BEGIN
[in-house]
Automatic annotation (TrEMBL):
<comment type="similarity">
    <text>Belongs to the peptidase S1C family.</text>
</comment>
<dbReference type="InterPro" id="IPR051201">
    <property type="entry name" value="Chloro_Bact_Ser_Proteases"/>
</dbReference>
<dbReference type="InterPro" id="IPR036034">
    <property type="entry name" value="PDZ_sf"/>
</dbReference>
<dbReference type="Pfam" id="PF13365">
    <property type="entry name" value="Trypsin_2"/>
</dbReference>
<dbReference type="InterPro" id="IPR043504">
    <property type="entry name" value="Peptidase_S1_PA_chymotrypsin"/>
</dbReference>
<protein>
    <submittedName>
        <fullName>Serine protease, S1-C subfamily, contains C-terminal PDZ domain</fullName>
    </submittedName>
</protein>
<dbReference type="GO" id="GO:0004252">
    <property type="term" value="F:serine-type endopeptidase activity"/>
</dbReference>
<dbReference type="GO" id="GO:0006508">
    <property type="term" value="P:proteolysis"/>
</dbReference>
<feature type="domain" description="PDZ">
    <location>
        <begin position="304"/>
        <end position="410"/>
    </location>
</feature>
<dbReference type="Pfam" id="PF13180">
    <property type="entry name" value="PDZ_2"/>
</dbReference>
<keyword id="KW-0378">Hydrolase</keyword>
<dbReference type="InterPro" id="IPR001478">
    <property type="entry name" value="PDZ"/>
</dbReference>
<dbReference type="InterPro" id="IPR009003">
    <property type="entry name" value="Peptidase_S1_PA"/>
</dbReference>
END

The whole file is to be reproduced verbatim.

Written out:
[in-house]
Automatic annotation (TrEMBL):
<comment type="similarity">
    <text>Belongs to the peptidase S1C family.</text>
</comment>
<dbReference type="InterPro" id="IPR051201">
    <property type="entry name" value="Chloro_Bact_Ser_Proteases"/>
</dbReference>
<dbReference type="InterPro" id="IPR036034">
    <property type="entry name" value="PDZ_sf"/>
</dbReference>
<dbReference type="Pfam" id="PF13365">
    <property type="entry name" value="Trypsin_2"/>
</dbReference>
<dbReference type="InterPro" id="IPR043504">
    <property type="entry name" value="Peptidase_S1_PA_chymotrypsin"/>
</dbReference>
<protein>
    <submittedName>
        <fullName>Serine protease, S1-C subfamily, contains C-terminal PDZ domain</fullName>
    </submittedName>
</protein>
<dbReference type="GO" id="GO:0004252">
    <property type="term" value="F:serine-type endopeptidase activity"/>
</dbReference>
<dbReference type="GO" id="GO:0006508">
    <property type="term" value="P:proteolysis"/>
</dbReference>
<feature type="domain" description="PDZ">
    <location>
        <begin position="304"/>
        <end position="410"/>
    </location>
</feature>
<dbReference type="Pfam" id="PF13180">
    <property type="entry name" value="PDZ_2"/>
</dbReference>
<keyword id="KW-0378">Hydrolase</keyword>
<dbReference type="InterPro" id="IPR001478">
    <property type="entry name" value="PDZ"/>
</dbReference>
<dbReference type="InterPro" id="IPR009003">
    <property type="entry name" value="Peptidase_S1_PA"/>
</dbReference>